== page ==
Diagonal switch pair (S1 and S4) is in off mode at t1. So that iP charges the CS1 and CS4 and discharges CS2 and CS3. Next, S1 and S4 are turned off at zero voltage as CS1 and CS4 limit the rising voltage rate across the switches. In this case, the direction of iP can be considered as unchanged because of the short duration of this mode. At time instant t2, the voltage across the switches S2 and S3 is fully discharged whereas complete charging of the capacitors of S1 and S4 occurs from 0 to Vi. Then, to maintain the continuity of iP, D2 and D3 start to conduct. So VAB becomes to −Vi.
After the conduction of D2 and D3, diagonal switch pair (S2 and S3) of the proposed converter is in conduction with ZVS. Here, VAB equals to −Vi. During this interval, as like to mode 1 current changes its direction. At first, body diodes of S2 and S3 conduct, after that S2 and S3 start to conduct with the changing of current direction. Throughout this period, current flowing into LM can be written as,
i L M ( t ) = V i L M ( t + 3 T S 4 )
Using (26), transmitter current, iP can be calculated as,
i P ( t ) = V i L M ( t + 3 T S 4 ) + n 4 n π V i × { j ( ω C f 2 1 ω L f 2 ) + 1 R E } sin ( ω t + t a n 1 ( ω C f 2 1 ω L f 2 ) R E )
Diagonal switch pair (S2 and S3) is in off mode with ZVS at t3. At time instant t4, the voltage across the switches S1 and S4 is fully discharged whereas complete charging of the capacitors of S2 and S3 occurs from 0 to Vi. Then, to maintain the continuity of iP, D1 and D4 start to conduct. Therefore, ZVS turn on condition occurs for S1 and S4. So, VAB becomes to +Vi.

5. Analysis and Experimental Results

The specifications for 500 W LC-LC2 compensated resonant converter are as follows: Vin = 211 V, V0 = 171 V, P0 = 500 W, an air gap of 140 mm. The loosely coupled transformer with a rectangular shape having I shape ferrite core is used in this resonant converter. Although voltage gain is independent of the mutual inductance, capacitors are designed in case of maximum coupling air gap to make resonance with the corresponding inductances. Therefore, at resonant frequency ZVS can be obtained with the specific frequency control. Detailed specifications of the proposed resonant converter with a constant resonant frequency are shown in Table 1.
Figure 5 shows that measured phase angle of the input impedance for an air gap of 140 mm with the specifications listed in Table 1. In accordance with the Figure 5, it is observed that load independent input impedance with ZPA is achieved when the proposed converter is totally compensated.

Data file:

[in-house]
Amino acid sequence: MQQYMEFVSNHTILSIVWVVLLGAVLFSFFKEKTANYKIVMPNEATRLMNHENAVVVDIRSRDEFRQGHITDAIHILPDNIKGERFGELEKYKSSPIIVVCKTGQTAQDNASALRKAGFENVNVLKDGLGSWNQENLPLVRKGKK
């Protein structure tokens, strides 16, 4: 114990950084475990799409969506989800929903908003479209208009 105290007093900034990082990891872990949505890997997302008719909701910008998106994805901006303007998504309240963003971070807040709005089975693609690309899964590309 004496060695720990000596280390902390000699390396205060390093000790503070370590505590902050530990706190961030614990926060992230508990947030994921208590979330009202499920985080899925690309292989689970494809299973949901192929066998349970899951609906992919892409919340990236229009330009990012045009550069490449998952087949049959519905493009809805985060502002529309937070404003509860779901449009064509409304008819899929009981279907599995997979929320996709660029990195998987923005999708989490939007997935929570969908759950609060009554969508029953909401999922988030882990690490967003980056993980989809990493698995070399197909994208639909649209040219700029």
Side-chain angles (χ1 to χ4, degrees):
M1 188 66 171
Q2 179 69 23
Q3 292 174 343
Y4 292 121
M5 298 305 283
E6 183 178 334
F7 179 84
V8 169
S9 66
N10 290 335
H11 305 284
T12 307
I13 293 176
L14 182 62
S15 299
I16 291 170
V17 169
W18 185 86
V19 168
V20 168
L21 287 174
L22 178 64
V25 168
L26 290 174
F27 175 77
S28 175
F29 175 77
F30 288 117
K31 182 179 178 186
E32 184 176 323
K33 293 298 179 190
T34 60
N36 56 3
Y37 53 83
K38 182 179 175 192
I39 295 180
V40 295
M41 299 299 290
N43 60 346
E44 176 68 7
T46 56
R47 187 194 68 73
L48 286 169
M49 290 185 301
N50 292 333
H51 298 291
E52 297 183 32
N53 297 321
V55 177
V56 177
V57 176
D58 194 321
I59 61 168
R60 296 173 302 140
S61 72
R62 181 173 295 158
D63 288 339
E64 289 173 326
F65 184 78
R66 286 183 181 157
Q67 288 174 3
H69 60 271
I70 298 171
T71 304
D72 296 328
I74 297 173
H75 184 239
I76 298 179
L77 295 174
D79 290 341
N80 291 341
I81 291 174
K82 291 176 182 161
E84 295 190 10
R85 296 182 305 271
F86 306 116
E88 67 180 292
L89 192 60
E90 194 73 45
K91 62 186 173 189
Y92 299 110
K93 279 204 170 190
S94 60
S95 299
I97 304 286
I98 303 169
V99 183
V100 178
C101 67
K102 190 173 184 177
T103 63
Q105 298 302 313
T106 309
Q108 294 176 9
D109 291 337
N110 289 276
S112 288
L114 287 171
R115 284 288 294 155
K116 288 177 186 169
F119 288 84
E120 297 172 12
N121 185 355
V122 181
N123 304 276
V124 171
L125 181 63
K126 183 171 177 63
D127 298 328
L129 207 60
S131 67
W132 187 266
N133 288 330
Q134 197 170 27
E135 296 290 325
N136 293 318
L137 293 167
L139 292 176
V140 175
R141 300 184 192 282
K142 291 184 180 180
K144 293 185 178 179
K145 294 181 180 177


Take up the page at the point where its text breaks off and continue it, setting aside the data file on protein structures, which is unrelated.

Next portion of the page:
The calculated voltage gain corresponding to the frequency is shown in Figure 6. From Figure 6, load independent voltage gain is found at 80 kHz which follows the Equation (23) as well as Equation (2). Comparing Figure 5 and Figure 6; voltage gain having load independence and input impedance with ZPA, both can be obtained at the frequency of ωH. The load-regulation curve of the proposed LC-LC2 converter from laboratory results is shown in Figure 7.
The experimental efficiency from dc source to the battery is calculated for proposed mutual inductance as well as mutual inductance (13.1 µH) for different air gap of 180 mm.
To compare the coupling tolerance of the proposed converter with S-SP compensated resonant converter, the specifications for 500 W S-SP compensated converter are: Vin = 211 V, V0 = 171 V, P0 = 500 W, C1 = 47.71 nF, C2 = 48.24 nF, Cf2 = 156.75 nF, an air gap of 140 mm, RL = 33–200 Ω. In case of S-SP compensated resonant converter, Cf2 compensates the mutual inductance, LM. On the other hand, equivalent inductance L M f = n 2 L M L f 2 is compensated by Cf2 in case of the proposed converter.
Comparing Figure 8 and Figure 9, when the mutual inductance is about 13.1 µH, efficiency is much affected in case of S-SP resonant converter. Because efficiency of the S-SP compensated resonant converter directly related to the mutual inductance whereas efficiency of the LC-LC2 compensated resonant converter related to the equivalent inductance, L M f = n 2 L M L f 2 . Therefore, LC-LC2 compensated resonant converter provides better efficiency than S-SP compensated resonant converter in case of variant air gap condition by which mutual inductance changes. Based on this, it is clear that due to the parallel effect of magnetizing inductance and the additional inductance of the secondary side, phase angle of the input impedance is closely maintained to zero. That’s why efficiency is not so much affected by the air gap variation. Also higher order harmonics of i2 from is are limited. Although the proposed compensation technique is built for 140–180 mm air gap variation, the laboratory setup for 140 mm air gap variation is shown in Figure 10.